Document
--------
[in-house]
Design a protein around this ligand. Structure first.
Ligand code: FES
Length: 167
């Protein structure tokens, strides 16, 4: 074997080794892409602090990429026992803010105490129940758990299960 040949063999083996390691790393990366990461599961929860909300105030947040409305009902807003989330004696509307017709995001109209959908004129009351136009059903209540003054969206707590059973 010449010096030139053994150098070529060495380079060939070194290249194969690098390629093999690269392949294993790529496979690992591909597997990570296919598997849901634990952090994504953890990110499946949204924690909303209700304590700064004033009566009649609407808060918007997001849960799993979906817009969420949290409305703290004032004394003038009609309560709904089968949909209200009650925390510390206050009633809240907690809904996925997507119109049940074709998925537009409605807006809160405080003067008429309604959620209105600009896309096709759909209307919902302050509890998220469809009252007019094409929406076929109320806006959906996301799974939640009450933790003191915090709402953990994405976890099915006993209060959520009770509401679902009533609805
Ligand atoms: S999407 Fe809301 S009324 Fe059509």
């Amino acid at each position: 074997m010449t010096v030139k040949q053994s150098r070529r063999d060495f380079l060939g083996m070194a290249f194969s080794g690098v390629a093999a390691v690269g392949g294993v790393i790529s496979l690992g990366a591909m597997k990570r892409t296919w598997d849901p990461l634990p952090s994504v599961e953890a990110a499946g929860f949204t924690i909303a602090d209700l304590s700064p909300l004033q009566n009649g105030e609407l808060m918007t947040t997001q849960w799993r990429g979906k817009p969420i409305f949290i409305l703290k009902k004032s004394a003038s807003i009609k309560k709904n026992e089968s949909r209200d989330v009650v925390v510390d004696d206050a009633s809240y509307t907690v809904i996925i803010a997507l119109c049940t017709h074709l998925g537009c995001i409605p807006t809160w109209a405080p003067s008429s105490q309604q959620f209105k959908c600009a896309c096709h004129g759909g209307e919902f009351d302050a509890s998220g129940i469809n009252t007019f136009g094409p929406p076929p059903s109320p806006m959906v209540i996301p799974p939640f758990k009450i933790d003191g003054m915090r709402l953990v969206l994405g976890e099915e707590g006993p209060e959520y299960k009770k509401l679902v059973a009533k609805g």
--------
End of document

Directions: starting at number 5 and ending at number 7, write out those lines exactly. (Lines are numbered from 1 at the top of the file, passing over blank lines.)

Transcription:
């Protein structure tokens, strides 16, 4: 074997080794892409602090990429026992803010105490129940758990299960 040949063999083996390691790393990366990461599961929860909300105030947040409305009902807003989330004696509307017709995001109209959908004129009351136009059903209540003054969206707590059973 010449010096030139053994150098070529060495380079060939070194290249194969690098390629093999690269392949294993790529496979690992591909597997990570296919598997849901634990952090994504953890990110499946949204924690909303209700304590700064004033009566009649609407808060918007997001849960799993979906817009969420949290409305703290004032004394003038009609309560709904089968949909209200009650925390510390206050009633809240907690809904996925997507119109049940074709998925537009409605807006809160405080003067008429309604959620209105600009896309096709759909209307919902302050509890998220469809009252007019094409929406076929109320806006959906996301799974939640009450933790003191915090709402953990994405976890099915006993209060959520009770509401679902009533609805
Ligand atoms: S999407 Fe809301 S009324 Fe059509």
């Amino acid at each position: 074997m010449t010096v030139k040949q053994s150098r070529r063999d060495f380079l060939g083996m070194a290249f194969s080794g690098v390629a093999a390691v690269g392949g294993v790393i790529s496979l690992g990366a591909m597997k990570r892409t296919w598997d849901p990461l634990p952090s994504v599961e953890a990110a499946g929860f949204t924690i909303a602090d209700l304590s700064p909300l004033q009566n009649g105030e609407l808060m918007t947040t997001q849960w799993r990429g979906k817009p969420i409305f949290i409305l703290k009902k004032s004394a003038s807003i009609k309560k709904n026992e089968s949909r209200d989330v009650v925390v510390d004696d206050a009633s809240y509307t907690v809904i996925i803010a997507l119109c049940t017709h074709l998925g537009c995001i409605p807006t809160w109209a405080p003067s008429s105490q309604q959620f209105k959908c600009a896309c096709h004129g759909g209307e919902f009351d302050a509890s998220g129940i469809n009252t007019f136009g094409p929406p076929p059903s109320p806006m959906v209540i996301p799974p939640f758990k009450i933790d003191g003054m915090r709402l953990v969206l994405g976890e099915e707590g006993p209060e959520y299960k009770k509401l679902v059973a009533k609805g």